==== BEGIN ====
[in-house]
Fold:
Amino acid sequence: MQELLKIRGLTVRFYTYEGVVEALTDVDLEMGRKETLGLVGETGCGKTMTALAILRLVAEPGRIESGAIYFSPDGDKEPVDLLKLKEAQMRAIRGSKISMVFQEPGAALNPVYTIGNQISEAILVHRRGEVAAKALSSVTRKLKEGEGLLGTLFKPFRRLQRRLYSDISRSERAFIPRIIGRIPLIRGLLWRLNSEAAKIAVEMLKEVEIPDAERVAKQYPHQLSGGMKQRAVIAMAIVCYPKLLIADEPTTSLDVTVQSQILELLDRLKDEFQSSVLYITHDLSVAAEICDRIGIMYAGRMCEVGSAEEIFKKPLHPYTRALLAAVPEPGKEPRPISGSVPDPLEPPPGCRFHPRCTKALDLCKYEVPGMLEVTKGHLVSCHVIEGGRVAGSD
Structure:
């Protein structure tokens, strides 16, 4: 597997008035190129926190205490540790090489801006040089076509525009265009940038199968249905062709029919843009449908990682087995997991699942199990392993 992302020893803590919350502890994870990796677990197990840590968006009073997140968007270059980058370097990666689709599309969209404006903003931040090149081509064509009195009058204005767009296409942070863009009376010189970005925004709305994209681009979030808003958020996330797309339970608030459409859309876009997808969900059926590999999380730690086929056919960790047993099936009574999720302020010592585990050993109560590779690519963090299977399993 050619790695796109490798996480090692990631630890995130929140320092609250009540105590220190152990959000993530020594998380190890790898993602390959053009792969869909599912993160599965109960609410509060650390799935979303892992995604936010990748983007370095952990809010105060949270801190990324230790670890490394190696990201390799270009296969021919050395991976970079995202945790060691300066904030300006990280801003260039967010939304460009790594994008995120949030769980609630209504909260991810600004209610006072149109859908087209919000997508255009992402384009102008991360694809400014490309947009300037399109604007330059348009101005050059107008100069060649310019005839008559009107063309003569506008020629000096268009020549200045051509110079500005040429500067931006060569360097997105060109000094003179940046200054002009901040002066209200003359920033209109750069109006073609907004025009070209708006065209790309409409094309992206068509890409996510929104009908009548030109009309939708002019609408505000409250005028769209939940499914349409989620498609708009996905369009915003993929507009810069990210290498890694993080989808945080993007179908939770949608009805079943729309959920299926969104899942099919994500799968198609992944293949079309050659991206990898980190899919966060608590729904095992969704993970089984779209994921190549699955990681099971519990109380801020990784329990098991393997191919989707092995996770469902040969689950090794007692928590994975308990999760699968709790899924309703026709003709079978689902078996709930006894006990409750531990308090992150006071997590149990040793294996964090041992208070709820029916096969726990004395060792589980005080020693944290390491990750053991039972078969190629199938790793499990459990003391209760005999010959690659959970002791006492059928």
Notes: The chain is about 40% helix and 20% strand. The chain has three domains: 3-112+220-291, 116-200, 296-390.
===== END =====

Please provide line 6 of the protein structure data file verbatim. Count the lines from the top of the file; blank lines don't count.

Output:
Notes: The chain is about 40% helix and 20% strand. The chain has three domains: 3-112+220-291, 116-200, 296-390.